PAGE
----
An era ended Tuesday with the death of Marvin Penn, the last surviving Winnipeg member of the MacKenzie-Papineau Batallion, the Canadian soldiers who fought in the Spanish Civil War.
Marvin Penn was 23 years old in 1936. He left Winnipeg to go to Spain where he joined the International Brigade with the purpose of fighting Franco's fascists.
The Spanish Civil War was a dress rehearsal for World War II, so the volunteers who went to fight came up against planes and tanks supplied to Franco's Nationalist forces by Europe's most powerful dictators Nazi Germany's Adolf Hitler and Italy's Benito Mussolini.
The forces of the legitimate Spanish government of the day, the Republicans, were supplied weapons by yet another dictator Josef Stalin of the Soviet Union.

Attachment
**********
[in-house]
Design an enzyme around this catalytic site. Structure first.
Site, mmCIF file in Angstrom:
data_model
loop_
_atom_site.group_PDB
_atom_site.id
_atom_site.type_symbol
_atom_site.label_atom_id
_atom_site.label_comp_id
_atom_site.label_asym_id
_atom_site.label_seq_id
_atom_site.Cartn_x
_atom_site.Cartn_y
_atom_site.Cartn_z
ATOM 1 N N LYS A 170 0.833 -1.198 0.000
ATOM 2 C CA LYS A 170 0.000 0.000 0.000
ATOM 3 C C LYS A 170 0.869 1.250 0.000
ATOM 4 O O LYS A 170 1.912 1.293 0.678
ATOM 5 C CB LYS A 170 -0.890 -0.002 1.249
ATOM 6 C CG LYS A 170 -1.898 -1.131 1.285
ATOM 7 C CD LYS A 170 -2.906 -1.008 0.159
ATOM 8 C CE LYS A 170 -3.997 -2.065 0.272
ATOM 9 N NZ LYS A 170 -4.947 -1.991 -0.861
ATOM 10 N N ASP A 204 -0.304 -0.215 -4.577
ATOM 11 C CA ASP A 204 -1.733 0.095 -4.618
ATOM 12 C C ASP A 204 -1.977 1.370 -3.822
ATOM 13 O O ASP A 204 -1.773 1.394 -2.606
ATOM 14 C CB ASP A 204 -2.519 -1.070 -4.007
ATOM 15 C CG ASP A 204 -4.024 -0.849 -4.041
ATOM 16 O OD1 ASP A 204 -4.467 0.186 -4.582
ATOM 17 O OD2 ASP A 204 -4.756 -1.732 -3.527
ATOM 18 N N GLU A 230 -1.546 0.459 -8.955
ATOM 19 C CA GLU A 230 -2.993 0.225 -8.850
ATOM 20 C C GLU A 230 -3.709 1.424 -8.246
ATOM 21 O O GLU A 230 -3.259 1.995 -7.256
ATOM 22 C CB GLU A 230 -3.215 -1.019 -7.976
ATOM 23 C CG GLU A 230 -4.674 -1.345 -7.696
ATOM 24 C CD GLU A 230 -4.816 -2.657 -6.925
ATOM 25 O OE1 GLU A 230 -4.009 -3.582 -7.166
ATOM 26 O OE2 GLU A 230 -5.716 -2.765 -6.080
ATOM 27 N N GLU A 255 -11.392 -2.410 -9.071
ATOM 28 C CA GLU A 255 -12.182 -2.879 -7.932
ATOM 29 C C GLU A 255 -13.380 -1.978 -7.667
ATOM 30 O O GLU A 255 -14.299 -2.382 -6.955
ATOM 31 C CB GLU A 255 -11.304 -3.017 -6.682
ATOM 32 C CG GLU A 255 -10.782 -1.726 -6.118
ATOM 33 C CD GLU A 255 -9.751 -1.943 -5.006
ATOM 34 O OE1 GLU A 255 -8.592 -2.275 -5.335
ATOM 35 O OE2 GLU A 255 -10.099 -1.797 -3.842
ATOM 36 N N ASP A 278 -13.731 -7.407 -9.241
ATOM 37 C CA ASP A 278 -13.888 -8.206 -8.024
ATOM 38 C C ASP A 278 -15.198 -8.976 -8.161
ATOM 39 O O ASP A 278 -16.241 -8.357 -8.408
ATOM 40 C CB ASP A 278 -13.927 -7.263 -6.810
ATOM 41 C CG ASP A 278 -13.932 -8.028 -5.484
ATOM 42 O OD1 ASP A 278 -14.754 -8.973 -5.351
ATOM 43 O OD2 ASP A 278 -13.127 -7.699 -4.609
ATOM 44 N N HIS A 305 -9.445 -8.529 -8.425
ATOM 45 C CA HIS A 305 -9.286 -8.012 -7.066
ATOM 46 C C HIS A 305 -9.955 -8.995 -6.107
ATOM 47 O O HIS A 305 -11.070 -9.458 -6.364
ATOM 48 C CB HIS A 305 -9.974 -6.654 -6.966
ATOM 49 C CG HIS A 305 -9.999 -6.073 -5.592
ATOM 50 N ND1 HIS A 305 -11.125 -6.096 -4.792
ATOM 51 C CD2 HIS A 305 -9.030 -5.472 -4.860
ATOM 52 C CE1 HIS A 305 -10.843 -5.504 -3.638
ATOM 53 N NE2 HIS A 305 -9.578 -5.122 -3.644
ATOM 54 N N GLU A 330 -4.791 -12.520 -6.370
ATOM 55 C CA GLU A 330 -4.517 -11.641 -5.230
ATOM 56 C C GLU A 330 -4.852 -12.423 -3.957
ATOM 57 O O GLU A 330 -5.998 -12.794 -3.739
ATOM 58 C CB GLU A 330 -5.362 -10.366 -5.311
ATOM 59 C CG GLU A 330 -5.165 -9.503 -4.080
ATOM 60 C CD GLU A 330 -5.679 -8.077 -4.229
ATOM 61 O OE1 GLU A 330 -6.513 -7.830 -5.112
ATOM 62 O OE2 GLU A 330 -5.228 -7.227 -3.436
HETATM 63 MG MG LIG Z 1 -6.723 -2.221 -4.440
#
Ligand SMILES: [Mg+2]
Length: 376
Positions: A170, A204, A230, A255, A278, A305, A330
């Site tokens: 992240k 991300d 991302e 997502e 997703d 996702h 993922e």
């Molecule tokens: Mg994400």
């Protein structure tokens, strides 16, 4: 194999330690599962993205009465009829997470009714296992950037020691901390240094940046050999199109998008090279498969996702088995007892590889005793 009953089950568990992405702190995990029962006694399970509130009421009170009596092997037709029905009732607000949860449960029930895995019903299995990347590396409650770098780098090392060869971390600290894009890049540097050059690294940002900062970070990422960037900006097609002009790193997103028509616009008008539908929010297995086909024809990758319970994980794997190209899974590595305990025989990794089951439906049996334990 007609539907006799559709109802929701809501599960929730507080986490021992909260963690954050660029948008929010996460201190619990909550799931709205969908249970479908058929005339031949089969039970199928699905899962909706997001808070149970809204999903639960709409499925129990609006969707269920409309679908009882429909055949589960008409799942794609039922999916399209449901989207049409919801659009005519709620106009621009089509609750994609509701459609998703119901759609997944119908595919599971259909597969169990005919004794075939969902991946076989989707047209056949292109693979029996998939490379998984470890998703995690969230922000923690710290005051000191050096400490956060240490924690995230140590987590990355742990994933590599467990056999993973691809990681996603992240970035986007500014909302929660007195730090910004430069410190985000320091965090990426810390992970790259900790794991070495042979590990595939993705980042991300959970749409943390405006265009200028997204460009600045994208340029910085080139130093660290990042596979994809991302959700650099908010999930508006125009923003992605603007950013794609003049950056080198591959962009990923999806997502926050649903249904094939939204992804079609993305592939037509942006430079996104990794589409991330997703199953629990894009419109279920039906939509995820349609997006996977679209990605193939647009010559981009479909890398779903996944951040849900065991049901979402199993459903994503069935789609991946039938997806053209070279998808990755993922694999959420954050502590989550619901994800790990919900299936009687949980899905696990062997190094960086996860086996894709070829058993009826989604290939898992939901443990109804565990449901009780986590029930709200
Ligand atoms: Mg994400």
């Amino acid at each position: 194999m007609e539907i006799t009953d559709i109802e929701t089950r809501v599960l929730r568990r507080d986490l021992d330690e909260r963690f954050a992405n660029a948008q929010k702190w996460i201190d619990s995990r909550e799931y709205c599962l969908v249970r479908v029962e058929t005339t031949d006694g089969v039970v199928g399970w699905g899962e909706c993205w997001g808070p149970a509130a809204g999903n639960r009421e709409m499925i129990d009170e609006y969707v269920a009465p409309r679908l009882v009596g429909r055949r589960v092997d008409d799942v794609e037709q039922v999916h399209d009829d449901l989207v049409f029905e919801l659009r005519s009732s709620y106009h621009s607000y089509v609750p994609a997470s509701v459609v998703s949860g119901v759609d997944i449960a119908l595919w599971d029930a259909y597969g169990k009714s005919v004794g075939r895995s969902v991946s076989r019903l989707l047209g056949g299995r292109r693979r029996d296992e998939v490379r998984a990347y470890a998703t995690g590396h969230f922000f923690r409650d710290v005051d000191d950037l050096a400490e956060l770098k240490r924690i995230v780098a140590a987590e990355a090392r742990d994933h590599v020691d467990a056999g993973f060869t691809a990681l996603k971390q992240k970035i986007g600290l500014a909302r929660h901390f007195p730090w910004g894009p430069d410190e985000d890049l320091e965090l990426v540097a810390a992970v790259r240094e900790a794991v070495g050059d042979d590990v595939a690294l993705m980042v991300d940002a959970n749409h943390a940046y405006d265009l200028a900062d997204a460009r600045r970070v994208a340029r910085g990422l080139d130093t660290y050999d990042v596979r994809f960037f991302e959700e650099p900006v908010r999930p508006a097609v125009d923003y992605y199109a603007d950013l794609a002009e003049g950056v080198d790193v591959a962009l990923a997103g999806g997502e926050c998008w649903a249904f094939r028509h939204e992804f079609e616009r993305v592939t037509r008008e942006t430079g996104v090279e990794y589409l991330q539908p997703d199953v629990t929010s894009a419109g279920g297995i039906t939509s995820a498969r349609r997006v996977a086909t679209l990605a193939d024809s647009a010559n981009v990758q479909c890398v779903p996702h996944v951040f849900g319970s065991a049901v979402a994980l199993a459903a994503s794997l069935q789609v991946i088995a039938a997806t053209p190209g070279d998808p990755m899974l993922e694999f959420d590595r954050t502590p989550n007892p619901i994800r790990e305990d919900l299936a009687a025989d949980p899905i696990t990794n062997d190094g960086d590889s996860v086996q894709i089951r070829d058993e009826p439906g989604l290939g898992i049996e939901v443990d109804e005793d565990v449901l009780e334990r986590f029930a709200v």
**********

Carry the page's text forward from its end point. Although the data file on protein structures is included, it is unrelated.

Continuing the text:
Web sites on the Spanish Civil War
At that time, the Canadian government was unsupportive. "I was in Paris already when the news came over that Canada passed a law that nobody's to go to Spain," said Penn in a 1996 interview.
Penn eventually joined the MacKenzie-Papineau Batallion, "The Mac Paps" as they were called. He fought in four battles, was wounded by shrapnel, and then set up several infirmaries.
By 1939 Franco had won the war and the members of the Mac Paps, those who hadn't been killed, all returned home.
It took until 1996, but the Canadian government finally recognized the valour of its citizens who went to fight fascism in 1936. Memorial plaques were unveiled in Winnipeg and Toronto. "Anything you wait for 60 years for, it feels pretty good," quipped Penn.
In 1996, Penn returned to Spain with other veterans of the Spanish Civil War where he was made an honourary citizen. Of the 10 young men from Winnipeg who fought, he was the only one well enough to travel. "It makes you sad because we should have had more," he said.
Marvin Penn died Tuesday at the age of 87.